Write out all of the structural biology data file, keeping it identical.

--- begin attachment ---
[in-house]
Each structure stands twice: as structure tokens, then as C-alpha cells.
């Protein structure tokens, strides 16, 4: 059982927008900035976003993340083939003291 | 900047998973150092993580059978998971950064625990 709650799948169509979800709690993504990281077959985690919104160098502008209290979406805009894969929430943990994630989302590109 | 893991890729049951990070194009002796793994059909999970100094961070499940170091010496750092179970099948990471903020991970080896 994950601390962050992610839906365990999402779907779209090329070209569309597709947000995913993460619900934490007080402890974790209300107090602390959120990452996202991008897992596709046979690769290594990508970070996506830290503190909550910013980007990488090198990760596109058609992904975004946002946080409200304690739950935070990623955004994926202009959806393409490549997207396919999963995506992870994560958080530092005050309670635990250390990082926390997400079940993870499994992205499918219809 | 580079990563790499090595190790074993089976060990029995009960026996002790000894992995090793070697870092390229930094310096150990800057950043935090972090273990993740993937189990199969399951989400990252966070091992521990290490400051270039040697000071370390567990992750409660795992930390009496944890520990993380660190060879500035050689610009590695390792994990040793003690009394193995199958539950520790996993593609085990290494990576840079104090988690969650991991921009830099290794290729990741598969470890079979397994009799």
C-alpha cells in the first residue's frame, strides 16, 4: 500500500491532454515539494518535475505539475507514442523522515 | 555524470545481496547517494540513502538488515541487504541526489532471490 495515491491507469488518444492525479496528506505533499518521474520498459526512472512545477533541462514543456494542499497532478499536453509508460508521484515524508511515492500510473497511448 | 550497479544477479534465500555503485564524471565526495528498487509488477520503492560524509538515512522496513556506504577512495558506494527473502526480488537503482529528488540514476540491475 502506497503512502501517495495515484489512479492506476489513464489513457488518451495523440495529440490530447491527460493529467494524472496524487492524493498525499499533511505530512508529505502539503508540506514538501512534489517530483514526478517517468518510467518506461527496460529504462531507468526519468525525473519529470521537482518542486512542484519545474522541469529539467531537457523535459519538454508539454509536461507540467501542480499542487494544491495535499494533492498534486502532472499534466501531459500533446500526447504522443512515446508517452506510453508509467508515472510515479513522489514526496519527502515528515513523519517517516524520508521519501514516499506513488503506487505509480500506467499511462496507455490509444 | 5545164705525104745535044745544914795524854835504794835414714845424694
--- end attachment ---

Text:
[in-house]
Each structure stands twice: as structure tokens, then as C-alpha cells.
């Protein structure tokens, strides 16, 4: 059982927008900035976003993340083939003291 | 900047998973150092993580059978998971950064625990 709650799948169509979800709690993504990281077959985690919104160098502008209290979406805009894969929430943990994630989302590109 | 893991890729049951990070194009002796793994059909999970100094961070499940170091010496750092179970099948990471903020991970080896 994950601390962050992610839906365990999402779907779209090329070209569309597709947000995913993460619900934490007080402890974790209300107090602390959120990452996202991008897992596709046979690769290594990508970070996506830290503190909550910013980007990488090198990760596109058609992904975004946002946080409200304690739950935070990623955004994926202009959806393409490549997207396919999963995506992870994560958080530092005050309670635990250390990082926390997400079940993870499994992205499918219809 | 580079990563790499090595190790074993089976060990029995009960026996002790000894992995090793070697870092390229930094310096150990800057950043935090972090273990993740993937189990199969399951989400990252966070091992521990290490400051270039040697000071370390567990992750409660795992930390009496944890520990993380660190060879500035050689610009590695390792994990040793003690009394193995199958539950520790996993593609085990290494990576840079104090988690969650991991921009830099290794290729990741598969470890079979397994009799």
C-alpha cells in the first residue's frame, strides 16, 4: 500500500491532454515539494518535475505539475507514442523522515 | 555524470545481496547517494540513502538488515541487504541526489532471490 495515491491507469488518444492525479496528506505533499518521474520498459526512472512545477533541462514543456494542499497532478499536453509508460508521484515524508511515492500510473497511448 | 550497479544477479534465500555503485564524471565526495528498487509488477520503492560524509538515512522496513556506504577512495558506494527473502526480488537503482529528488540514476540491475 502506497503512502501517495495515484489512479492506476489513464489513457488518451495523440495529440490530447491527460493529467494524472496524487492524493498525499499533511505530512508529505502539503508540506514538501512534489517530483514526478517517468518510467518506461527496460529504462531507468526519468525525473519529470521537482518542486512542484519545474522541469529539467531537457523535459519538454508539454509536461507540467501542480499542487494544491495535499494533492498534486502532472499534466501531459500533446500526447504522443512515446508517452506510453508509467508515472510515479513522489514526496519527502515528515513523519517517516524520508521519501514516499506513488503506487505509480500506467499511462496507455490509444 | 5545164705525104745535044745544914795524854835504794835414714845424694